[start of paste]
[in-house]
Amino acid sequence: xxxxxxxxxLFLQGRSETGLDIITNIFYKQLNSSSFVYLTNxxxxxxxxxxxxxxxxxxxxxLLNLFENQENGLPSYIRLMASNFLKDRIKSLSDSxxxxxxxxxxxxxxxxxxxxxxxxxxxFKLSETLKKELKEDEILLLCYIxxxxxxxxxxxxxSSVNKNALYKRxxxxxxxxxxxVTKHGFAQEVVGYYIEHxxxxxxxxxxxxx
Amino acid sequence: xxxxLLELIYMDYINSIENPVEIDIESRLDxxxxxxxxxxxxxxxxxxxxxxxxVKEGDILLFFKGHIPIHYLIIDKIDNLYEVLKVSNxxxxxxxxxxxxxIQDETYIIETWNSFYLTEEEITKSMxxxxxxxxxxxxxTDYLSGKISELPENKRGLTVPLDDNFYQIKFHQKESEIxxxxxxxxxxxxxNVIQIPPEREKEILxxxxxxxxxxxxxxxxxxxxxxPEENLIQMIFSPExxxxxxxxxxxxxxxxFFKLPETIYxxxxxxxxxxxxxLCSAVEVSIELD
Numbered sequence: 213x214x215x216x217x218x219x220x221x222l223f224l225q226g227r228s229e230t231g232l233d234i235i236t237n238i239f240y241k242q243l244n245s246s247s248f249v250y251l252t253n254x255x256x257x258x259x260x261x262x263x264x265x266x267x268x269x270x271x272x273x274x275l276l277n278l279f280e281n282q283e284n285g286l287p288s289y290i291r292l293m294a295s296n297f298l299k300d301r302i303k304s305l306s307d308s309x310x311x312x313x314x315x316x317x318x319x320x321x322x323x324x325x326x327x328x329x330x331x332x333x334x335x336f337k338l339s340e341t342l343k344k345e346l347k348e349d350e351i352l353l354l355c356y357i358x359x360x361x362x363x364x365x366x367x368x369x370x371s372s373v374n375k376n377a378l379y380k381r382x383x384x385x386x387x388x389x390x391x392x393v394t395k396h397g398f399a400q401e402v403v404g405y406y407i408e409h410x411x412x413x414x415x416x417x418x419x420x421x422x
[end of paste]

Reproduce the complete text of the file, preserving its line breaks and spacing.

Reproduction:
[in-house]
Amino acid sequence: xxxxxxxxxLFLQGRSETGLDIITNIFYKQLNSSSFVYLTNxxxxxxxxxxxxxxxxxxxxxLLNLFENQENGLPSYIRLMASNFLKDRIKSLSDSxxxxxxxxxxxxxxxxxxxxxxxxxxxFKLSETLKKELKEDEILLLCYIxxxxxxxxxxxxxSSVNKNALYKRxxxxxxxxxxxVTKHGFAQEVVGYYIEHxxxxxxxxxxxxx
Amino acid sequence: xxxxLLELIYMDYINSIENPVEIDIESRLDxxxxxxxxxxxxxxxxxxxxxxxxVKEGDILLFFKGHIPIHYLIIDKIDNLYEVLKVSNxxxxxxxxxxxxxIQDETYIIETWNSFYLTEEEITKSMxxxxxxxxxxxxxTDYLSGKISELPENKRGLTVPLDDNFYQIKFHQKESEIxxxxxxxxxxxxxNVIQIPPEREKEILxxxxxxxxxxxxxxxxxxxxxxPEENLIQMIFSPExxxxxxxxxxxxxxxxFFKLPETIYxxxxxxxxxxxxxLCSAVEVSIELD
Numbered sequence: 213x214x215x216x217x218x219x220x221x222l223f224l225q226g227r228s229e230t231g232l233d234i235i236t237n238i239f240y241k242q243l244n245s246s247s248f249v250y251l252t253n254x255x256x257x258x259x260x261x262x263x264x265x266x267x268x269x270x271x272x273x274x275l276l277n278l279f280e281n282q283e284n285g286l287p288s289y290i291r292l293m294a295s296n297f298l299k300d301r302i303k304s305l306s307d308s309x310x311x312x313x314x315x316x317x318x319x320x321x322x323x324x325x326x327x328x329x330x331x332x333x334x335x336f337k338l339s340e341t342l343k344k345e346l347k348e349d350e351i352l353l354l355c356y357i358x359x360x361x362x363x364x365x366x367x368x369x370x371s372s373v374n375k376n377a378l379y380k381r382x383x384x385x386x387x388x389x390x391x392x393v394t395k396h397g398f399a400q401e402v403v404g405y406y407i408e409h410x411x412x413x414x415x416x417x418x419x420x421x422x